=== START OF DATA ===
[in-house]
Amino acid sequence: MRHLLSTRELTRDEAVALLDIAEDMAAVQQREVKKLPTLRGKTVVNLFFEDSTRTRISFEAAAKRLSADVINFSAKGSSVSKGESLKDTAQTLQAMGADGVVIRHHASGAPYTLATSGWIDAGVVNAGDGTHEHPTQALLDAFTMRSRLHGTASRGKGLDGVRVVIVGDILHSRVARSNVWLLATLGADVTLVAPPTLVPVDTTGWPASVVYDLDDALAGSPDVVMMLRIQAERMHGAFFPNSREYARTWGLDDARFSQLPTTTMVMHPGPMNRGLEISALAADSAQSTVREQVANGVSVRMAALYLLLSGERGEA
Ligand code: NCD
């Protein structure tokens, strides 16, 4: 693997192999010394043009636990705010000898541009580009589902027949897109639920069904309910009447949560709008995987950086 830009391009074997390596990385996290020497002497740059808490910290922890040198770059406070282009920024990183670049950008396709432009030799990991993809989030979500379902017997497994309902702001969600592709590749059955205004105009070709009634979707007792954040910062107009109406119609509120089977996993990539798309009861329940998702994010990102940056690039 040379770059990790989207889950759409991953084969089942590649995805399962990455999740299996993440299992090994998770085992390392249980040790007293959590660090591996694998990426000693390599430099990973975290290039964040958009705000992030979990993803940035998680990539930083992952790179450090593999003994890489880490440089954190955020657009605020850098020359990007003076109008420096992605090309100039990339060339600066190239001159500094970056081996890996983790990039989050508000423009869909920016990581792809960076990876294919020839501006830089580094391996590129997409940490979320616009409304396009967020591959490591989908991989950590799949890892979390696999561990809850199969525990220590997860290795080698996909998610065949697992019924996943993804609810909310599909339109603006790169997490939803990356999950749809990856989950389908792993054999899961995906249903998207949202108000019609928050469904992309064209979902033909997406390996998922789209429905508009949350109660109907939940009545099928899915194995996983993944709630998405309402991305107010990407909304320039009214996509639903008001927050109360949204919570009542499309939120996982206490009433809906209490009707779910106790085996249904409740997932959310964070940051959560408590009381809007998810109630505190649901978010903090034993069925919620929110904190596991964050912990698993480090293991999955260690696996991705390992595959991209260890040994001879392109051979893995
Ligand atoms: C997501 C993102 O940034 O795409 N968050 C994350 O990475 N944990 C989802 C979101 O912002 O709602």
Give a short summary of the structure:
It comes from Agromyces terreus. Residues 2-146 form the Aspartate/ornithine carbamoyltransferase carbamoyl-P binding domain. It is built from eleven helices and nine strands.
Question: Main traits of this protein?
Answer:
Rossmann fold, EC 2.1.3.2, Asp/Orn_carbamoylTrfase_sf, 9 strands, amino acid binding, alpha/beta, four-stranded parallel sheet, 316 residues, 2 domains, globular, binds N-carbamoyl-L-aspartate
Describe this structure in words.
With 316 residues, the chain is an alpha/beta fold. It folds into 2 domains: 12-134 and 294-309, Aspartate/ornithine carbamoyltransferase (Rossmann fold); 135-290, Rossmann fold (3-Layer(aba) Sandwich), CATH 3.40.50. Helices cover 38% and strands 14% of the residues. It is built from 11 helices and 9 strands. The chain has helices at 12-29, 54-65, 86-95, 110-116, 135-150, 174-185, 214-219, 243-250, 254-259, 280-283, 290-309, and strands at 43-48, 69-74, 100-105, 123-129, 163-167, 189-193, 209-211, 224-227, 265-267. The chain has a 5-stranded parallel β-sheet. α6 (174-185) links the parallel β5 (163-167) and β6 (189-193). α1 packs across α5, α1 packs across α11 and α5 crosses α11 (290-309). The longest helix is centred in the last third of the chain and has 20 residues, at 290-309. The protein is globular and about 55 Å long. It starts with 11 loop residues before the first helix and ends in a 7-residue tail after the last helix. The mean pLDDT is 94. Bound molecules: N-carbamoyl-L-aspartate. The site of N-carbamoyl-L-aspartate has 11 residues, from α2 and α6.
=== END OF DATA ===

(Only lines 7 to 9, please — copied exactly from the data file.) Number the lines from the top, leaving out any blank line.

It comes from Agromyces terreus. Residues 2-146 form the Aspartate/ornithine carbamoyltransferase carbamoyl-P binding domain. It is built from eleven helices and nine strands.
Question: Main traits of this protein?
Answer: